Richard Charlton: Soon after I first started playing the guitar, which was at the age of 16. I was self-taught and my initial introduction to the instrument was a guitar "tutor" book. After a while I exhausted the book, and resorted to the right hand of piano music, which was fairly unsatisfying as you can imagine. Where I was living at the time I was somewhat removed from the music scene and contact with other guitarists. I didn't even know where to go for guitar music so I decided to write my own music. My pieces at that time were very rudimentary and I suppose largely based in form on the exercises and little pieces in the tutor book. So really I started to write for guitar just to give myself something to play.
Q. What are the particular influences which have contributed to the development of your compositional style and approach? Can you also express why you are compelled to compose?
Richard Charlton: I suppose the important influences have been the music I have listened to and the people I have met. Early on I used In listen to a lot of modal music, and Vaughan Williams was one of my favourite composers, but over the years there have been so many works which have left a lasting impression on me. I don't think I have favourite composers as such, rather, I have favourite, pieces. The desire for self-expression is what compels me to compose. I am sure that if I didn't compose I would be drawing or painting.
Q. Can you tell me about your guitar works?
Richard Charlton: There are a lot of works - student pieces, ensemble works, solos and a concerto. Perhaps I could isolate just a few which in some way I regard as special. Threnody for Chernobyl, which I wrote for Tim Kain in 1986, retains a special place for me. It was first time that I had specifically written for a player, other than myself, and a player that was better than me. I remember at the time that was very exciting, because I could explore more possibilities on the instrument than I could do myself. It was also special because it was the first work I had written to be recorded on CD. (The Anthology of Australian Music on Disc - a Bicentennial Project) Another work, which I have always regarded as special, is "Dances for the Rainbow Serpent" (1990) written for Guitar Trek. The line-up of this ensemble is somewhat unusual in that a requinto, baritone and bass guitar are used alongside the standard guitar. I had never written for this combination before, so at the time I felt it was going to be a bit of a challenge. The concerto "Mosaic" (1995), commissioned by the Darwin International Guitar Festival, was also special. I had to limit myself because of the nature of the orchestra that would be premiering the work, which was for the most part amateur. Therefore I tried to write something which worked well and wasn't difficult for the players but didn't sound as if it was composed in a facile way. Writing for an orchestra seemed to take shape quite naturally. Maybe being a guitarist was of assistance in that, when writing for guitar, you have to think in a linear and a vertical fashion. In addition, I liked the challenge of writing good music that is relatively easy to play, without it seeming to be easy. That's why I like writing for children, students and amateurs - it puts the composer into the community, which is partly where he should be to create his audiences.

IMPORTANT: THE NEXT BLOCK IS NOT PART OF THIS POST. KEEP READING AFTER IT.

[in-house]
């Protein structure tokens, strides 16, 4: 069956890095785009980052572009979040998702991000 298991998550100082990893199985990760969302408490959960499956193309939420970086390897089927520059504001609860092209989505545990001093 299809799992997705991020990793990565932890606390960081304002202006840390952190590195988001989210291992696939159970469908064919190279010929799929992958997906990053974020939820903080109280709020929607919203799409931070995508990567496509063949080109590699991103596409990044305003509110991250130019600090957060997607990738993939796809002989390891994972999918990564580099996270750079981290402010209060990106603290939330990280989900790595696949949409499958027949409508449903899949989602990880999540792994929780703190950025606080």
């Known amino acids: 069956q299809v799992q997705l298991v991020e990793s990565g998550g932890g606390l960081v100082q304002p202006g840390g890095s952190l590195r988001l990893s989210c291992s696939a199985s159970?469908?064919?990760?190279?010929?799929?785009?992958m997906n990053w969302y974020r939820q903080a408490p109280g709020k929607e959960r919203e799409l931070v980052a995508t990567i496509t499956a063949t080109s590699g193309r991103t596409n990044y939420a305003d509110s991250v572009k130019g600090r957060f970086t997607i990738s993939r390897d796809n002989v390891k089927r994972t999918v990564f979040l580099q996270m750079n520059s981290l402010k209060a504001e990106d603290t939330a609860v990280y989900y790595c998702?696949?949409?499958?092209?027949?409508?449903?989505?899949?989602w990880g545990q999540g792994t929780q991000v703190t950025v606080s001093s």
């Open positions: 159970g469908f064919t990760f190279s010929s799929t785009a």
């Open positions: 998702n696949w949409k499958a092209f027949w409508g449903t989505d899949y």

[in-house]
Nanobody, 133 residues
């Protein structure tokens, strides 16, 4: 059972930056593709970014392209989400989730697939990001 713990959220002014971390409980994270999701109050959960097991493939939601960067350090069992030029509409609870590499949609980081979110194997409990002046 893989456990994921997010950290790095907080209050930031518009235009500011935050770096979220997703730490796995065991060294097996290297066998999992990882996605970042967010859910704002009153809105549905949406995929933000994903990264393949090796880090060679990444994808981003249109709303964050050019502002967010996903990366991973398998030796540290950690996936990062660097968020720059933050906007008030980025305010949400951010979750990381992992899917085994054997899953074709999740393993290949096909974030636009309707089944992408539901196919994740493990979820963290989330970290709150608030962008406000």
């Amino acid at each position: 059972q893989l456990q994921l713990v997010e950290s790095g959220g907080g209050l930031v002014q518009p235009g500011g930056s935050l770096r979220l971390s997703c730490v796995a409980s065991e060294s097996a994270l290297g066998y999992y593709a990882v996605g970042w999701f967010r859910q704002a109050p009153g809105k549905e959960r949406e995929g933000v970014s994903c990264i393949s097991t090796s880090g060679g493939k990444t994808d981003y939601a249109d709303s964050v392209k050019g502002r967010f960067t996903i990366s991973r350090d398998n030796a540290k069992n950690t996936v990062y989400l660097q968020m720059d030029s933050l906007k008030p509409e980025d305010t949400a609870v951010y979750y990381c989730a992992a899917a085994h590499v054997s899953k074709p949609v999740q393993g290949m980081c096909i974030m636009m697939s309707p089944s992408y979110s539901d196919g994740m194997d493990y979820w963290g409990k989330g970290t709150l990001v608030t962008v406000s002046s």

Q. What inspires you to write?
Richard Charlton: Places, things, events - something to do with where I live and my experiences, but not one type of source. Some composers are influenced by visual things. I am to a certain degree, but other things as well. Basically I need some kind of imagery or trigger to start the process. I can't sit down and write a piece in an abstract way - sure I could put notes down and make a reasonable piece but without "imagery" or a "trigger" it would be meaningless to me. I think the most important thing in composing is communication. Communicating an idea, a feeling or a mood. You have to find a way in which you can "move" an audience.